To correct this they needed to have their existing Modes records matched up with the relatively new RD records and their information shared, eventually allowing the RD record to be deleted.
As well as steps 3, 4, 5 and 6.
In addition to their Modes record every RD record that is created has a paper copy printed and filed away (only RDs are recorded this way as any other records are accessioned records and they are recorded in the accession register, which is a physical paper book, stored in a fireproof safe). This is to ensure there is always a record; RD’s are created in order, so RD.1 was the first way back when, and currently the final RD record avaliable on Modes is RD.34201. So if one was to disappear or get deleted, or a bunch were lost to a computer malfunction or a million other things that could happen, there is always that paper copy to refer to.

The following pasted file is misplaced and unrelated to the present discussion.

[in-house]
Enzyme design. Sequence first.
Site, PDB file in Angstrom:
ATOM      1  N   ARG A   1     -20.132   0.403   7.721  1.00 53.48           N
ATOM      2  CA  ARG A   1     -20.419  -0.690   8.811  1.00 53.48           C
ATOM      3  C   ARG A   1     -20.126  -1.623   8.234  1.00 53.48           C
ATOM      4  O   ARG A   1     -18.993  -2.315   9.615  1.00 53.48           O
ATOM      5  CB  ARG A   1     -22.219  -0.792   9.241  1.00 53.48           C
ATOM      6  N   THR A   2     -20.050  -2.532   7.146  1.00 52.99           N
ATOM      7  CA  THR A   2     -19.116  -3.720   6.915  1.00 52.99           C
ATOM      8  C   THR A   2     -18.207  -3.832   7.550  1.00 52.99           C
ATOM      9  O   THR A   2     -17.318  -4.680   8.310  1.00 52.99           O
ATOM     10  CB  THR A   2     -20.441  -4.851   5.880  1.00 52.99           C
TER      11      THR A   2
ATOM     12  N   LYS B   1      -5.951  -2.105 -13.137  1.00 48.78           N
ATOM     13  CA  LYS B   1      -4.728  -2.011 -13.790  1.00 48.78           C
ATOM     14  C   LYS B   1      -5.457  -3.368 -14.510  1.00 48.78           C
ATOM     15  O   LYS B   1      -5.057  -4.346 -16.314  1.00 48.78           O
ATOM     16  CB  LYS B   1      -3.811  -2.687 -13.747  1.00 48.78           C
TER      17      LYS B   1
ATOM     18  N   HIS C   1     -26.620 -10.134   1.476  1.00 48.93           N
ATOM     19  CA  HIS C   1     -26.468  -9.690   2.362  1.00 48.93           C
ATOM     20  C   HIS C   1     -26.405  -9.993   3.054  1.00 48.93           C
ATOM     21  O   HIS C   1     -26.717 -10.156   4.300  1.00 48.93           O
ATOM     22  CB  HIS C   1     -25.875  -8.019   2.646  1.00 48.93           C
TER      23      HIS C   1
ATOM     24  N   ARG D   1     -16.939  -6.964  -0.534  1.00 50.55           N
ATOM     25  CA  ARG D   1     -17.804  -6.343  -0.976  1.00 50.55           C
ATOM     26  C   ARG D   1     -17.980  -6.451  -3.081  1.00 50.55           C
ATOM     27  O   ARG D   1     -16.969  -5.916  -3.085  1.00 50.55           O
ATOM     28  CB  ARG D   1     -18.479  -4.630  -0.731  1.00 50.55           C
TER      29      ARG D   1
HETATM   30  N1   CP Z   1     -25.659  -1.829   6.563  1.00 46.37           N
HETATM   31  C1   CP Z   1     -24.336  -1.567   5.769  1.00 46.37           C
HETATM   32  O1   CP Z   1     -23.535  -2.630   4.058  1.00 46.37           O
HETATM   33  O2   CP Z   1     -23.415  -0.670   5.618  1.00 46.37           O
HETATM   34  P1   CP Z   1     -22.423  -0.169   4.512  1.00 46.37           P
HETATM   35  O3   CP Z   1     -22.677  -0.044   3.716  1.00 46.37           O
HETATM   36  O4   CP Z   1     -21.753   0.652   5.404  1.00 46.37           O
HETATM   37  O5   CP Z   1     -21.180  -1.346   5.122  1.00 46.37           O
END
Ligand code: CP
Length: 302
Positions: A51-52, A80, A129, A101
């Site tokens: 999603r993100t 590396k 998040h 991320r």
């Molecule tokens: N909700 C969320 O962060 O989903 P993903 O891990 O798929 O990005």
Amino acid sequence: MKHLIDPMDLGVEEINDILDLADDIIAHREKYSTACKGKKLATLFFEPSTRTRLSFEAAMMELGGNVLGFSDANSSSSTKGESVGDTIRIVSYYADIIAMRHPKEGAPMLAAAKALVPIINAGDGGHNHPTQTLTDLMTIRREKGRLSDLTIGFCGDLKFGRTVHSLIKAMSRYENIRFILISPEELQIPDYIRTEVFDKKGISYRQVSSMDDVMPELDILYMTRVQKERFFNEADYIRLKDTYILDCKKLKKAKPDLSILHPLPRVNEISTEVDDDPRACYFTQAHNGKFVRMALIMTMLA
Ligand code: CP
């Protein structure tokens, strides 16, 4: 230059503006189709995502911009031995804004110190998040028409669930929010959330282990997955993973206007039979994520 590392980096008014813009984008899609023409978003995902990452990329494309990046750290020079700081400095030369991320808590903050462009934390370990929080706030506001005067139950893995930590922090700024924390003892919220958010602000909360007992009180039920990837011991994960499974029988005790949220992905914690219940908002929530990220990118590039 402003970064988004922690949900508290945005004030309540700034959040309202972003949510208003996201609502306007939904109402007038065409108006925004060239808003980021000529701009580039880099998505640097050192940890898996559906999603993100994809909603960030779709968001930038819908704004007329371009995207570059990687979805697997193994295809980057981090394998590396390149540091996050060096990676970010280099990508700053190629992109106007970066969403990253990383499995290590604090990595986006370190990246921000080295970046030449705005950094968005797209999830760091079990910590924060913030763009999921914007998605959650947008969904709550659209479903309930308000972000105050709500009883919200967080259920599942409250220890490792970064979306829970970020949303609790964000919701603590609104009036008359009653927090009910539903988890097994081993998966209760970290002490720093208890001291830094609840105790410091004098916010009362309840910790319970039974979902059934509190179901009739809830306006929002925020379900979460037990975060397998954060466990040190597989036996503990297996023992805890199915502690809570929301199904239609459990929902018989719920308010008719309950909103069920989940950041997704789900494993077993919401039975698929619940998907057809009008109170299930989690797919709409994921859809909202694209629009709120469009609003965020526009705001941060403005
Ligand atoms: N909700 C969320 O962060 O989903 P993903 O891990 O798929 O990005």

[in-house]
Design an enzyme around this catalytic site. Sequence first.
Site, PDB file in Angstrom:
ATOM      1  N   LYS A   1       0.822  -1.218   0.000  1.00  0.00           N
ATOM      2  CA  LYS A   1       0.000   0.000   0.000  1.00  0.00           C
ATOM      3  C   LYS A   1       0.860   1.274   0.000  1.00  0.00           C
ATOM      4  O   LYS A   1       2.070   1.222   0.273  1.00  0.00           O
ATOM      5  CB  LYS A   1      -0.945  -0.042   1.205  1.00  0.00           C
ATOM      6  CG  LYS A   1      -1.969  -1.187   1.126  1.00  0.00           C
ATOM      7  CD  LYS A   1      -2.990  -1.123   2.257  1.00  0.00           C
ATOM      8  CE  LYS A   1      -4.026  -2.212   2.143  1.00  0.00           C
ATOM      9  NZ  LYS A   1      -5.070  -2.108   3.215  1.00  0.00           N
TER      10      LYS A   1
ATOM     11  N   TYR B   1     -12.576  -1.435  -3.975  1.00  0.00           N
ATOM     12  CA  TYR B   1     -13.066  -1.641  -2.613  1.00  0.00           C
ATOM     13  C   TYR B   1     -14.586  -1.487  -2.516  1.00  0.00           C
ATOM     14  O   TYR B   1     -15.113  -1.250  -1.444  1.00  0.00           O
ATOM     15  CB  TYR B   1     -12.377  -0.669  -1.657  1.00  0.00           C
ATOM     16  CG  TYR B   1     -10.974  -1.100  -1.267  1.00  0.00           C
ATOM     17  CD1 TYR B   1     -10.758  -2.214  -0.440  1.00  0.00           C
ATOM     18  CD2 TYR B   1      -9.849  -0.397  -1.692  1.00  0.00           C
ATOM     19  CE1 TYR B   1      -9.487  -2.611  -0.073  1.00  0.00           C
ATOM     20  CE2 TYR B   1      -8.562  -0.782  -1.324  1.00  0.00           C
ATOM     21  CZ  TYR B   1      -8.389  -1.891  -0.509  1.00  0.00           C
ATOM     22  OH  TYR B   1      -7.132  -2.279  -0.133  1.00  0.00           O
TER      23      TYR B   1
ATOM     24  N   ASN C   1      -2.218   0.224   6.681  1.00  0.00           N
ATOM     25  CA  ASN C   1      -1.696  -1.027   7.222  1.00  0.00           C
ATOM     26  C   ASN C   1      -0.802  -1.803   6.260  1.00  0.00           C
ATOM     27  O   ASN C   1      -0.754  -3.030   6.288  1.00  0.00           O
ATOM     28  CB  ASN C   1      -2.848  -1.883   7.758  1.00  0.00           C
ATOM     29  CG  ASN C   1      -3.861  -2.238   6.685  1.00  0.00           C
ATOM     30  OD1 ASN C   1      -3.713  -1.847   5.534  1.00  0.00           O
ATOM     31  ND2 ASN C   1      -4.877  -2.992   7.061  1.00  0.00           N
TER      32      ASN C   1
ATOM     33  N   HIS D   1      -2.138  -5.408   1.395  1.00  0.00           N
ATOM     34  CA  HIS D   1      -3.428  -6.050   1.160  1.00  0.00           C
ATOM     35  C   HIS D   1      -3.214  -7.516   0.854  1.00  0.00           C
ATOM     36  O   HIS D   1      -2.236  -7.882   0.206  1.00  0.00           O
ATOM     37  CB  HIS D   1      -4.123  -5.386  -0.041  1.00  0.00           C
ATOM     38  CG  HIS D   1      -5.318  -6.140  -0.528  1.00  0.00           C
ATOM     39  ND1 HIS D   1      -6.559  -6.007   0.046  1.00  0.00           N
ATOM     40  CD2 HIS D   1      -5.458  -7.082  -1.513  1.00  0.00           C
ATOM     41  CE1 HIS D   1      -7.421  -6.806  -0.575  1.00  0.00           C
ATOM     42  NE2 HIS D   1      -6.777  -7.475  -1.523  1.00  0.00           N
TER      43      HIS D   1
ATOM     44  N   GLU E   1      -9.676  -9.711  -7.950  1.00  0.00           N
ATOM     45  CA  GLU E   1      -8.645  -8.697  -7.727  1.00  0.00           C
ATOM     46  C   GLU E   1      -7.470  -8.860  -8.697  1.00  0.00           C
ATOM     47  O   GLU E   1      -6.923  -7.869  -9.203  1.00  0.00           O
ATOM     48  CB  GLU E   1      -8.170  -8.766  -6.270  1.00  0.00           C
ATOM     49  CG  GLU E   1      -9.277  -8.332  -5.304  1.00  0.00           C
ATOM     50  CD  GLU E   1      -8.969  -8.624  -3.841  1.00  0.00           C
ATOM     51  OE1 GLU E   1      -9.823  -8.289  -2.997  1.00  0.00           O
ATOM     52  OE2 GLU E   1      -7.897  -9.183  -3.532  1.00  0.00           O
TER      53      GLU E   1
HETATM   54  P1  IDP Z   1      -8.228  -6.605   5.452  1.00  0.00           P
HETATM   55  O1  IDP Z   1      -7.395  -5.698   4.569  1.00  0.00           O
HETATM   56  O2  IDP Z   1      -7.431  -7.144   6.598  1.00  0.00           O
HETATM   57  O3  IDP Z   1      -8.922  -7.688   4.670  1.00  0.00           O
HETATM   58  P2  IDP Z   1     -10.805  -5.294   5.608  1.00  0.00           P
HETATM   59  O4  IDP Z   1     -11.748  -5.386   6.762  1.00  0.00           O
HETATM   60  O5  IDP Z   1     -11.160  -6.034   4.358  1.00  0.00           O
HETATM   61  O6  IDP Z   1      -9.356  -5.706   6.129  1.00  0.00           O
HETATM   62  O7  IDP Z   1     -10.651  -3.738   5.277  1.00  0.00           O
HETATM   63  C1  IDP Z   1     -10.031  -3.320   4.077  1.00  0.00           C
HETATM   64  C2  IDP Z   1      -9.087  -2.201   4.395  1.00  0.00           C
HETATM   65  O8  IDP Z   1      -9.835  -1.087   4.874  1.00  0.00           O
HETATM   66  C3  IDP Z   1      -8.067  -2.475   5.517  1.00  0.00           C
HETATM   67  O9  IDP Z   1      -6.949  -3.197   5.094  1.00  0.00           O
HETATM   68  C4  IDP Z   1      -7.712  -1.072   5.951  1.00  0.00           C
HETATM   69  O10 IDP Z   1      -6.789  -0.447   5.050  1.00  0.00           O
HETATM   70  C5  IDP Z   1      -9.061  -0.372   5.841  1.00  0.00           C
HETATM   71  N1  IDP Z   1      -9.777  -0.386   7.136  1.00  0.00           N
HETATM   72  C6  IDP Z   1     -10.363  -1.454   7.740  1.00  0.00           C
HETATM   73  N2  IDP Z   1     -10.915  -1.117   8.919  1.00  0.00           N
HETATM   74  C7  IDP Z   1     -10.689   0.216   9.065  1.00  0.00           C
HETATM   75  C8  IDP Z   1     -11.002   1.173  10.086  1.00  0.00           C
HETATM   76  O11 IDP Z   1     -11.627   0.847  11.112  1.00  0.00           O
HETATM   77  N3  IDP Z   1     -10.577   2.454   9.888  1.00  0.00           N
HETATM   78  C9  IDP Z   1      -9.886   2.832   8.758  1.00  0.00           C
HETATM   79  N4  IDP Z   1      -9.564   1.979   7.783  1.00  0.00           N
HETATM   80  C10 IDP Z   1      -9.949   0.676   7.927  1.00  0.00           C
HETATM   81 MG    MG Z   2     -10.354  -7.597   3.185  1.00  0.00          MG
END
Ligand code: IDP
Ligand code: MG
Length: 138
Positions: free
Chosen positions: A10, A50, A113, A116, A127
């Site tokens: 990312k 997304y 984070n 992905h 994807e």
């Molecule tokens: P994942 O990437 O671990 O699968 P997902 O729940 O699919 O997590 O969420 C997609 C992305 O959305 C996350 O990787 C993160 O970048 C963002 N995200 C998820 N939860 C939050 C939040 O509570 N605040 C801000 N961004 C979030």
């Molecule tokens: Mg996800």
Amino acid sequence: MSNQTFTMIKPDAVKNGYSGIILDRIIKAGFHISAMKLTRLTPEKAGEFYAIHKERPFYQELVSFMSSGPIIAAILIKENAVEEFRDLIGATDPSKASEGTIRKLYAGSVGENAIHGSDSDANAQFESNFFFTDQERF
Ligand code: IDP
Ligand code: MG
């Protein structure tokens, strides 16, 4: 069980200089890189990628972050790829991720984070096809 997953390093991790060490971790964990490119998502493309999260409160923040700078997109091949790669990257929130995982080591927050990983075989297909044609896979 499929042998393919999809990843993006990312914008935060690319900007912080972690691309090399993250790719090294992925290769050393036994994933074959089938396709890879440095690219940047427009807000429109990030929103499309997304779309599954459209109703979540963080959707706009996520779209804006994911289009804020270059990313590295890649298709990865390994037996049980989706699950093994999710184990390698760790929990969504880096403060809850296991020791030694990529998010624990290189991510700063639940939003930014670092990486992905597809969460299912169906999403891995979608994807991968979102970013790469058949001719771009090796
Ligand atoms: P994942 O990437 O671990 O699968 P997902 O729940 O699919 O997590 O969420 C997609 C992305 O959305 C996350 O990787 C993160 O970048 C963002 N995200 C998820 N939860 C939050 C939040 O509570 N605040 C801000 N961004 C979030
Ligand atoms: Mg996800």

But, of course, I just told you that I’ve deleted some RD records, so what about the paper copy?
On their new records with their existing numbers there is a note attached saying that this object was once identified as…. and its RD number. The paper copy can not be just removed it has to stay in its file but it is made blatantly obvious that its merged with an accession number; “Reconciled with… and its RD number”, the date and the initials of the person making the alteration are written across the record so anyone who looks for this record knows what has happened.